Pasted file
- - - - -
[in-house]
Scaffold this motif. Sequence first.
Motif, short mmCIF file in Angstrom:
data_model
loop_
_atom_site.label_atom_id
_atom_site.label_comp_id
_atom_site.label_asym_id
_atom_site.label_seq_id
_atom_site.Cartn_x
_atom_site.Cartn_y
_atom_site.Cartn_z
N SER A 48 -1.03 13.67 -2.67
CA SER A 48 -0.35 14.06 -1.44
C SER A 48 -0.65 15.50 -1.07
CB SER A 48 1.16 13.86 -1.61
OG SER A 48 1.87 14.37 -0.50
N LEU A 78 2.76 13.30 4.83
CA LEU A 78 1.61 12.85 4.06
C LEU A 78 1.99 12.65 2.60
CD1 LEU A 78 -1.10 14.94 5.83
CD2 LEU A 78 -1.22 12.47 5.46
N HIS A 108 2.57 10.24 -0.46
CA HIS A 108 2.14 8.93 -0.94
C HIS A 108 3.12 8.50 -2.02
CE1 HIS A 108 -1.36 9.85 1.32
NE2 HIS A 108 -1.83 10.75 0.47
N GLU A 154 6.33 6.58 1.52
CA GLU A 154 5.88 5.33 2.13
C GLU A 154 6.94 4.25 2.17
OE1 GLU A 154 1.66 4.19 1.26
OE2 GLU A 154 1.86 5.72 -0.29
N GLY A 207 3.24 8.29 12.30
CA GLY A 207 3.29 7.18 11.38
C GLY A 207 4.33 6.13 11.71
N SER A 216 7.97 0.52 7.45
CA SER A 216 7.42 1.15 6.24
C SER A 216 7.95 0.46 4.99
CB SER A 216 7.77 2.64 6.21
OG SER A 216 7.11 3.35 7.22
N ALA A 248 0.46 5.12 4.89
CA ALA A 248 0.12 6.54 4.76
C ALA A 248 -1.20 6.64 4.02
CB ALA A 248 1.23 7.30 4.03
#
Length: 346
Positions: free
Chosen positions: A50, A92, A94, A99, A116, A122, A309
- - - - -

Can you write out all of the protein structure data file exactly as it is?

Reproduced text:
[in-house]
Scaffold this motif. Sequence first.
Motif, short mmCIF file in Angstrom:
data_model
loop_
_atom_site.label_atom_id
_atom_site.label_comp_id
_atom_site.label_asym_id
_atom_site.label_seq_id
_atom_site.Cartn_x
_atom_site.Cartn_y
_atom_site.Cartn_z
N SER A 48 -1.03 13.67 -2.67
CA SER A 48 -0.35 14.06 -1.44
C SER A 48 -0.65 15.50 -1.07
CB SER A 48 1.16 13.86 -1.61
OG SER A 48 1.87 14.37 -0.50
N LEU A 78 2.76 13.30 4.83
CA LEU A 78 1.61 12.85 4.06
C LEU A 78 1.99 12.65 2.60
CD1 LEU A 78 -1.10 14.94 5.83
CD2 LEU A 78 -1.22 12.47 5.46
N HIS A 108 2.57 10.24 -0.46
CA HIS A 108 2.14 8.93 -0.94
C HIS A 108 3.12 8.50 -2.02
CE1 HIS A 108 -1.36 9.85 1.32
NE2 HIS A 108 -1.83 10.75 0.47
N GLU A 154 6.33 6.58 1.52
CA GLU A 154 5.88 5.33 2.13
C GLU A 154 6.94 4.25 2.17
OE1 GLU A 154 1.66 4.19 1.26
OE2 GLU A 154 1.86 5.72 -0.29
N GLY A 207 3.24 8.29 12.30
CA GLY A 207 3.29 7.18 11.38
C GLY A 207 4.33 6.13 11.71
N SER A 216 7.97 0.52 7.45
CA SER A 216 7.42 1.15 6.24
C SER A 216 7.95 0.46 4.99
CB SER A 216 7.77 2.64 6.21
OG SER A 216 7.11 3.35 7.22
N ALA A 248 0.46 5.12 4.89
CA ALA A 248 0.12 6.54 4.76
C ALA A 248 -1.20 6.64 4.02
CB ALA A 248 1.23 7.30 4.03
#
Length: 346
Positions: free
Chosen positions: A50, A92, A94, A99, A116, A122, A309